I will give another example, a very tough one. It is the worst example in North America at this point, and it has been cited by at least three of my colleagues in the last few hours. It is the accident in Kalamazoo, Michigan. It involves the Canadian company Enbridge and 4 million litres of heavy crude that were spilled into the Kalamazoo River and wetlands. The last time I saw the figures, the damage amounted to over $1 billion and there had been more than five years of cleanup. More than 80% of the bitumen spilled into the Kalamazoo River is still there in the environment, after over $1 billion was spent. That is another example that puts this $1 billion into perspective.
I also wonder where the $1 billion comes from. Why $1 billion?
This $1 billion looks like a vote-getting figure, if you will pardon that term. The Conservatives seem to be using something easy to understand, something that looks big. However, if they had sat some experts around the table to estimate the kind of minimum guarantee needed for an oil spill, the experts would not have come up with $1 billion. They might have come up with $1.2 billion or $1.3 billion. This $1 billion is completely arbitrary; it is a round number, easy to remember. I hope that some very direct questions will be asked during the committee meetings where the bill will be considered.
The companies’ liability would be unlimited only in the case of fault or negligence. What will happen in a case where fault is not clear or is disputed? We are talking about billionaire proponents here. If, literally, they want to hire an army of lawyers to try to prove the fault does not lie with them, how many years will it take to see the end of a court action disputing fault, with resources like that? Mr. Speaker, I think your training makes you an even better judge of that than I am. It may really be a very long time.
That runs counter to another aspect of the law that I question, which puts a limit of six years after the event on the right to seek compensation, if a person is a victim of the consequences. That does not work. In Kalamazoo, they have been cleaning up for five years, and there are still pollutants. In the years to come, people are therefore going to have to take stock again to determine whether their property and their health have ultimately been affected by that. The cleanup is not yet finished. It is not that people do not want to determine, in six years, whether they are affected or not; rather, the phenomenon is still in a state of flux. The victims are not acting in bad faith. Someone may realize only after seven or eight or nine or 10 or 12 years that they have been negatively affected by the event. Why suddenly impose a six-year limit?
The energy east project will carry 1.1 million barrels a day. That means 173 million litres every day. We all remember the damage caused by 4 million litres of crude in the Kalamazoo River. That cost over $1 billion. Now, operators want to build a pipeline that will carry 173 million litres a day, or 120,000 litres every minute. Pipelines are relatively safe at the beginning of their life cycle, but often, near the end, tragedies or other serious incidents happen more regularly. An accident like the one in Kalamazoo, where managers took some time to close the valves, must never happen. Literally millions of litres of oil spilled into the environment. Think about it: that is 173 million litres a day. The same question remains regarding the $1 billion.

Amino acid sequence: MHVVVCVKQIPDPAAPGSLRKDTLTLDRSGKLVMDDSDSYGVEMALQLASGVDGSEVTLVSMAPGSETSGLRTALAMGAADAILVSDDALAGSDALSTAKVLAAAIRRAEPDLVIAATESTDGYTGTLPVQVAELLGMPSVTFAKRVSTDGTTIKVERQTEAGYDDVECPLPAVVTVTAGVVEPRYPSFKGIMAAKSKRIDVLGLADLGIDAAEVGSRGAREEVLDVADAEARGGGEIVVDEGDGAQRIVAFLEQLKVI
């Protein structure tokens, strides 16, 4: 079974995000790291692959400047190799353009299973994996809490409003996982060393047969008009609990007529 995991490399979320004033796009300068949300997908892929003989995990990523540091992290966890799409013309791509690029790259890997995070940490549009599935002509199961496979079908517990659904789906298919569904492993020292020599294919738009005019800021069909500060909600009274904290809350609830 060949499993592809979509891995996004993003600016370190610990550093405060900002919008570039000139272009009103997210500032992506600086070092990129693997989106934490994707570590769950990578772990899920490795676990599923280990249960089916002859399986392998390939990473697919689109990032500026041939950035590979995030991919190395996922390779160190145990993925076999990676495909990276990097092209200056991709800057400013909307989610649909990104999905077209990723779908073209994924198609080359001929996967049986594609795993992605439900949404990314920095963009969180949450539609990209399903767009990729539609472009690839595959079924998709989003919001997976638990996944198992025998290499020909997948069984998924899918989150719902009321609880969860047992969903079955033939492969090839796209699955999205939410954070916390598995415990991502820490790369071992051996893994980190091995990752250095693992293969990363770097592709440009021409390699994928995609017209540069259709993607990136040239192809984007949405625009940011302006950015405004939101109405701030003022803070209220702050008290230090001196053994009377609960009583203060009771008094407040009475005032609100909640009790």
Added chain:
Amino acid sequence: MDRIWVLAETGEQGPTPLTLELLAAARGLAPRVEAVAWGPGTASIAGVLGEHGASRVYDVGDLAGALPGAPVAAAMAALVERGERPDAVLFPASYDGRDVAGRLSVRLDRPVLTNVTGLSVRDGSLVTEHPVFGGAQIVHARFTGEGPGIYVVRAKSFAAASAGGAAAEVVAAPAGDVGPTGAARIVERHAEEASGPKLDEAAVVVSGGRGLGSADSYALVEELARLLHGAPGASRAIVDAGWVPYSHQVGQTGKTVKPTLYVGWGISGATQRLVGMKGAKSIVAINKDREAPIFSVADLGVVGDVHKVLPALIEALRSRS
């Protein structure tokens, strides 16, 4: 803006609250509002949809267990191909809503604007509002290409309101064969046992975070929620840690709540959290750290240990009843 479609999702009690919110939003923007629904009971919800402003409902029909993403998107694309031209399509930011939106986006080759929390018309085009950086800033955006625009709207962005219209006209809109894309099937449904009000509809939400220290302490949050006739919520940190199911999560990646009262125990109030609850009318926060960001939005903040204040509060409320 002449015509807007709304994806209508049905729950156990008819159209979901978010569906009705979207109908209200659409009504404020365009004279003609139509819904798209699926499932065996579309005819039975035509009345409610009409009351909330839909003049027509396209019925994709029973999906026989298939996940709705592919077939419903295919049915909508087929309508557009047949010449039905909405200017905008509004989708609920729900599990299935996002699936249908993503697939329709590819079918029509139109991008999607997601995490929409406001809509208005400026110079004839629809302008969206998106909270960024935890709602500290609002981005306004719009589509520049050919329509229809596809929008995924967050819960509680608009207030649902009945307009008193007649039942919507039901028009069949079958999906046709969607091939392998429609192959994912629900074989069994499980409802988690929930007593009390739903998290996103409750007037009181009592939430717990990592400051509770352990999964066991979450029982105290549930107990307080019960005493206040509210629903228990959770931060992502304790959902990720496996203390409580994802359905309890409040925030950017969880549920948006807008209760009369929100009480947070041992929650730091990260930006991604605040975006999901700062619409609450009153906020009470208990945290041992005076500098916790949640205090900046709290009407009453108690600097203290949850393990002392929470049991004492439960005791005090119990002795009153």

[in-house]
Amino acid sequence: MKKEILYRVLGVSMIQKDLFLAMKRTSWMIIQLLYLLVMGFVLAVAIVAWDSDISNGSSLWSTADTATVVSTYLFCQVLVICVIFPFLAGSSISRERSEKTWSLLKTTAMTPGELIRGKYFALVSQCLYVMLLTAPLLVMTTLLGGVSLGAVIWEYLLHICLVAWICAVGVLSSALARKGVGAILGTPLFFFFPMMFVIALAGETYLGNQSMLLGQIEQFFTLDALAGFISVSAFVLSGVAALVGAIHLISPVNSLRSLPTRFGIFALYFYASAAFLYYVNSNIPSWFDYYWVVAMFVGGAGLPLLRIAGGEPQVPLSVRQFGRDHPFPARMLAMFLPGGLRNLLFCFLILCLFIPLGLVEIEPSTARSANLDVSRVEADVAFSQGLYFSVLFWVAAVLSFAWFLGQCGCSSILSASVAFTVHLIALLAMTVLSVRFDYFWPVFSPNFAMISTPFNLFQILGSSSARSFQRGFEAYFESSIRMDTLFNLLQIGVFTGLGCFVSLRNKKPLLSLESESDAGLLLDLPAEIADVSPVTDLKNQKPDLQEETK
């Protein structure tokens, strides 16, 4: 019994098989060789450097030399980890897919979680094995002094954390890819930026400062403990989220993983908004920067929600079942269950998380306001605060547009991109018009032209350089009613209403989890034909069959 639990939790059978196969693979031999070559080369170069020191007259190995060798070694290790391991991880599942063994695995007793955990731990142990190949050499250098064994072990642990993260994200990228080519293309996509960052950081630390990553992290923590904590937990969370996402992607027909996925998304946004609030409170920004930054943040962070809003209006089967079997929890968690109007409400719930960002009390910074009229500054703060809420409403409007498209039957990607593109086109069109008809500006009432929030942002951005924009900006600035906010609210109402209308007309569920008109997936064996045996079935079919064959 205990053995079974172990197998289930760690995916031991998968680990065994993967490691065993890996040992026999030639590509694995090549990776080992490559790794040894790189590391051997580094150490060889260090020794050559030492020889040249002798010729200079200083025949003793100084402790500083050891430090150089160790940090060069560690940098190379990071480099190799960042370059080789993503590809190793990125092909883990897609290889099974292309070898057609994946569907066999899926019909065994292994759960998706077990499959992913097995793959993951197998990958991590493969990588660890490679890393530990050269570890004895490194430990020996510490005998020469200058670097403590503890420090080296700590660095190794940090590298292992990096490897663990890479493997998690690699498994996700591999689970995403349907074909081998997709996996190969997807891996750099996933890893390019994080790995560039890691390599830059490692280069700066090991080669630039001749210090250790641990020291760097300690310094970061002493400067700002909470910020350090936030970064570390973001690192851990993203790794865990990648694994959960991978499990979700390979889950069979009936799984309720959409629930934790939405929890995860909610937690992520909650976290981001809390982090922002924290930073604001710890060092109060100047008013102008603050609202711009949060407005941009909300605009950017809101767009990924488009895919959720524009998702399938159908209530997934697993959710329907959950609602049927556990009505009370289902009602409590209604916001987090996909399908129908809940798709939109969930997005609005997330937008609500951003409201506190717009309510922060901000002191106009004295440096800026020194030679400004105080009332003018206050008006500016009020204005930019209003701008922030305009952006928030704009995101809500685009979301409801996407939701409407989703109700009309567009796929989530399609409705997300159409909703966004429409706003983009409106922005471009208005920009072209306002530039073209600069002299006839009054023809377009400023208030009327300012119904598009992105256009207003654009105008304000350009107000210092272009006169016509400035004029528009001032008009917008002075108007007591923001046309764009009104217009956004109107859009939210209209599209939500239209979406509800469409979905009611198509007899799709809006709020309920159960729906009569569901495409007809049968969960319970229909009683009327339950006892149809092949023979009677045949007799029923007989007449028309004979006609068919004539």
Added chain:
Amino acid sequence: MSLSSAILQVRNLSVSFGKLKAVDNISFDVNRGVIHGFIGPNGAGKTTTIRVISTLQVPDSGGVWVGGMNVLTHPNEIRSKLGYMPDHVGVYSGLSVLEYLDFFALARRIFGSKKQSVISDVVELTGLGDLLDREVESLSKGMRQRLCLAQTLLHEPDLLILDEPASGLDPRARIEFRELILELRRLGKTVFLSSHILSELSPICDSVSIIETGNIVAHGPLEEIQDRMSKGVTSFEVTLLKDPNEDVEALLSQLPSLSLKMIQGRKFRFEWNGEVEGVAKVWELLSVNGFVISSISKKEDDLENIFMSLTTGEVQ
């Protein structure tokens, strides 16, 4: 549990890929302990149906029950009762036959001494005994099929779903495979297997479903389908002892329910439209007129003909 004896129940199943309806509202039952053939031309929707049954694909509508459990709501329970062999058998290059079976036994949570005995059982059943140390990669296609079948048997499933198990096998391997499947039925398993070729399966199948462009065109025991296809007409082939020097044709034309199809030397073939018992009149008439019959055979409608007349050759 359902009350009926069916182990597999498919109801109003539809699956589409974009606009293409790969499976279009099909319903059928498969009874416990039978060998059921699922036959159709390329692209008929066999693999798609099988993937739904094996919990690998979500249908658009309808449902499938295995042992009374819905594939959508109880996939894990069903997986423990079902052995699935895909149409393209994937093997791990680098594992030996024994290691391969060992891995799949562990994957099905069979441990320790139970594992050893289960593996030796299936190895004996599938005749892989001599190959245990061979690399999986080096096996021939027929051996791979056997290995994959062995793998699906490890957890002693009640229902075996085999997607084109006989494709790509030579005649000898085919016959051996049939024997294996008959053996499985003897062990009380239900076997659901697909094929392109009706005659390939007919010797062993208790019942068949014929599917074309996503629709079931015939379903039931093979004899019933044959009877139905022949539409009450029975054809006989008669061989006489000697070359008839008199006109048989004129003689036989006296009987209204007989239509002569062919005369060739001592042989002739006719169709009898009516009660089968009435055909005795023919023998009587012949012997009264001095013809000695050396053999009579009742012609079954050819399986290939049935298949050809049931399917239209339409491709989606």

There is another question I have not yet heard. Perhaps an esteemed colleague, a minister across the way, could answer this. Is the $1 billion indexed? At the rate costs grow with inflation, in five or 10 years, $1 billion will not be worth the same amount. A major accident could happen in my region over the next 40 years and we are told there will be a $1 billion limit. If an accident were to happen tomorrow morning, it might already cost more than $1 billion, and I did not see any anything about indexing or mechanisms to guarantee that this will follow the cost of living, considering the astronomical costs associated with cleaning up these kinds of accidents.
I would like to finish on a more positive note and talk a bit about one of the NDP's key principles. What distinguishes us from the current government is, first and foremost, sustainability. We believe it is crucial that polluters pay for the pollution they create, rather than passing on the cost to future generations.
I have one last example. Now that the toxic effects of mines on the environment cost billions of dollars, laws require environmental protection funds to be set aside during mining operations so that we do not end up at the end of a project with a company that maybe made less profit, or left for another country, or suddenly disappeared at the end of a project to avoid paying to clean up the mess it left behind. That kind of mechanism is missing here, and neither I nor most of my constituents find that reassuring.
Mr. Speaker, something I meant to talk about today was breach of trust, which goes back to what my colleague was saying.
In 2011, the environment commissioner said that the National Energy Board had not managed to secure better measures to protect the environment and the public when it comes to pipelines. It is now 2015. Nothing was done until this small step. It took years for a small, extremely questionable step to be taken.
Indeed, my colleague is right. First, the $1 billion is highly questionable. Another major deficiency in this entire process of the Conservatives' bill is operational safety.